1 Tbsp rice flour
1 tsp baking powder
1/2 tsp baking soda
pinch of salt
1 egg, lightly beaten
cornstarch or rice flour for dusting chicken
Oil for deep frying
1/2 cup lemon juice (about 2 lemons worth)
1/2 cup water mixed with 1 tsp chicken bouillon
3-4 Tbsp sugar, to taste
pinch of salt
2-3 slices of lemon zest, and a few slices of lemon
1/2 tsp garlic powder (optional)
2 tsp custard powder or cornstarch mixed with 2 Tbsp water
1. Marinade chicken whole (if they are very large, cut them into more manageable pieces for frying) for 30 mins in the marinade.
2. Heat up oil in pot or wok until hot but not smoking (I use the chopstick test—put a wooden chopstick into the oil and if you see bubbles forming, the oil is hot enough).
3. Dust chicken with cornstarch or rice flour and then dip chicken in batter. Shake off excess batter (you don’t want a thick coat, just a nice even layer) then gently lay chicken in oil.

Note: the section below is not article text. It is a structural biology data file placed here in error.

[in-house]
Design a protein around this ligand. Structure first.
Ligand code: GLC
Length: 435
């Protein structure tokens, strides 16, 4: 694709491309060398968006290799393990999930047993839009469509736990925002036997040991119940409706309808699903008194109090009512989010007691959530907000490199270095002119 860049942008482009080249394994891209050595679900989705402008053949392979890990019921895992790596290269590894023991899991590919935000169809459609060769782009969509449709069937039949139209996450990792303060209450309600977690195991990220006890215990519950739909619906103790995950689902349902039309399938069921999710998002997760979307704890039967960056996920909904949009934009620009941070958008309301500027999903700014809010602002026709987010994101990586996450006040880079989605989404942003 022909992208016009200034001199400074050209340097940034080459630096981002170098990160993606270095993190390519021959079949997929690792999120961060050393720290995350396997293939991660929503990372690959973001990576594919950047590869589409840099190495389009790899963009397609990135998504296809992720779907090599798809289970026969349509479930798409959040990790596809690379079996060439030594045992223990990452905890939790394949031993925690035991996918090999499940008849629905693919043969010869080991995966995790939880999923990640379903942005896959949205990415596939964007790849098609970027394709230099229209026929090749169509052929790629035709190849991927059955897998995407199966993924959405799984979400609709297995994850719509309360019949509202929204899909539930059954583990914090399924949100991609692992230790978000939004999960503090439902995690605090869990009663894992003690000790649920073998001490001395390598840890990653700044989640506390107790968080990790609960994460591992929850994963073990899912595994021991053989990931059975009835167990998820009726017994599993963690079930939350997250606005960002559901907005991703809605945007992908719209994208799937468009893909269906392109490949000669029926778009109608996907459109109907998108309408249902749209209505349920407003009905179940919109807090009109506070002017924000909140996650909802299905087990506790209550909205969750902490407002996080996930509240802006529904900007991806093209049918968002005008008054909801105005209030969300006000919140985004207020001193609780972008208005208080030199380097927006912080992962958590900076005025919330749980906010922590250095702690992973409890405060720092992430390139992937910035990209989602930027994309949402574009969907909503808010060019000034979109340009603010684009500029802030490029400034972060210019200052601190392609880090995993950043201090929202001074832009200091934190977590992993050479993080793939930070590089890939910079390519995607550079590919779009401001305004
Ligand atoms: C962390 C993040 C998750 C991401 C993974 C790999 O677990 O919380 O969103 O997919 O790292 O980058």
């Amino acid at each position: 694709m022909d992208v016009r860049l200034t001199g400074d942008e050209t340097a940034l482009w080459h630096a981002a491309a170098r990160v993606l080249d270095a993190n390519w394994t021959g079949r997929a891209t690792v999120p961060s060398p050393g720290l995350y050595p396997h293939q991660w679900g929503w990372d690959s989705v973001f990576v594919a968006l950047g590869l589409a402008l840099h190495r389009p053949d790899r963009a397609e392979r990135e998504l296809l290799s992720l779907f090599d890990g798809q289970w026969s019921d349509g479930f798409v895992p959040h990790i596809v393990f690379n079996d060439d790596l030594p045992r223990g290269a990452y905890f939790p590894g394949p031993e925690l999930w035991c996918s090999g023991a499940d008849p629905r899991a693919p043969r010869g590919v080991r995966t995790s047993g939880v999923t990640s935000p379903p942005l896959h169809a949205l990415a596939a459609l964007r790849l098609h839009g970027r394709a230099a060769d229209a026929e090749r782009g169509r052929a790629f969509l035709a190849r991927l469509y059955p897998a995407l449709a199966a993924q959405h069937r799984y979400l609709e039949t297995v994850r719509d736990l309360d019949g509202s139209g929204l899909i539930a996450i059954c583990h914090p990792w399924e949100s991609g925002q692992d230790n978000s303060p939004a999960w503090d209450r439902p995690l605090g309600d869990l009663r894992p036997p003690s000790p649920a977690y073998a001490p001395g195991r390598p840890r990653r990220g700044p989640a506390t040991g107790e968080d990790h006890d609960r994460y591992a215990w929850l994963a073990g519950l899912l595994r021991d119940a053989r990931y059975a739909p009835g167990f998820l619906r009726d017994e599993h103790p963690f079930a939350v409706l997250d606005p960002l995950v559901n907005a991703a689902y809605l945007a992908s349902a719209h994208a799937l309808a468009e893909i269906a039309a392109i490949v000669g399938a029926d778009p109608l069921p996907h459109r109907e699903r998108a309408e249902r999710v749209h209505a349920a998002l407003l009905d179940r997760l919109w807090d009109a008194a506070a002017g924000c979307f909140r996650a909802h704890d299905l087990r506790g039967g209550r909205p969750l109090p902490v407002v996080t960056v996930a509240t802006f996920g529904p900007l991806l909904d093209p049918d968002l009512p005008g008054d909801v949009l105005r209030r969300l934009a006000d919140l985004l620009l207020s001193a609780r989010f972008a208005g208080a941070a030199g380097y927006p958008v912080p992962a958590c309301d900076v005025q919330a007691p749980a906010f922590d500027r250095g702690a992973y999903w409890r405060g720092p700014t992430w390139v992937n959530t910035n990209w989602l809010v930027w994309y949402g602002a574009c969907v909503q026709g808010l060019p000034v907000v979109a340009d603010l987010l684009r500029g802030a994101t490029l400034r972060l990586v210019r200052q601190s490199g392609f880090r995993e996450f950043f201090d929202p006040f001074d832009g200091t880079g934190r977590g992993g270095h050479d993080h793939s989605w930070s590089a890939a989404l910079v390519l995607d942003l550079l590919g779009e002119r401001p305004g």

4. Fit as many pieces as you can without overcrowding. Fry until chicken is cooked through. Check by cutting into a piece to see if it’s done.
Finished pieces should be laid on a rack with paper towels under the rack to wick away the oil. Continue deep frying till all chicken pieces are done.
5. In a separate pot, put together all the ingredients for the sauce except the custard powder or cornstarch slurry. Heat pot until just barely boiling then simmer to incorporate all the ingredients for another 1-2 minutes. Taste and add more sugar or lemon juice if needed. Add custard/cornstarch slurry and heat up sauce to thicken slightly. Once the sauce has lost its floury flavor, it’s ready to be served.
6. Cut fried chicken into bite-sized pieces. Arrange artfully on a plate. Garnish with more lemon slices. Serve along with the lemon sauce over the chicken or on the side. Eat with rice.
Hungry for more fried food? Click below:Fried Sanddabs with Garlic and Oyster Sauce
Sweet and Sour Fried Fish Recipe
Old Bay Blackened Halibut
Thai Son-in-law Eggs Recipe
Seven Secrets for Perfect Thai Fried Chicken Wings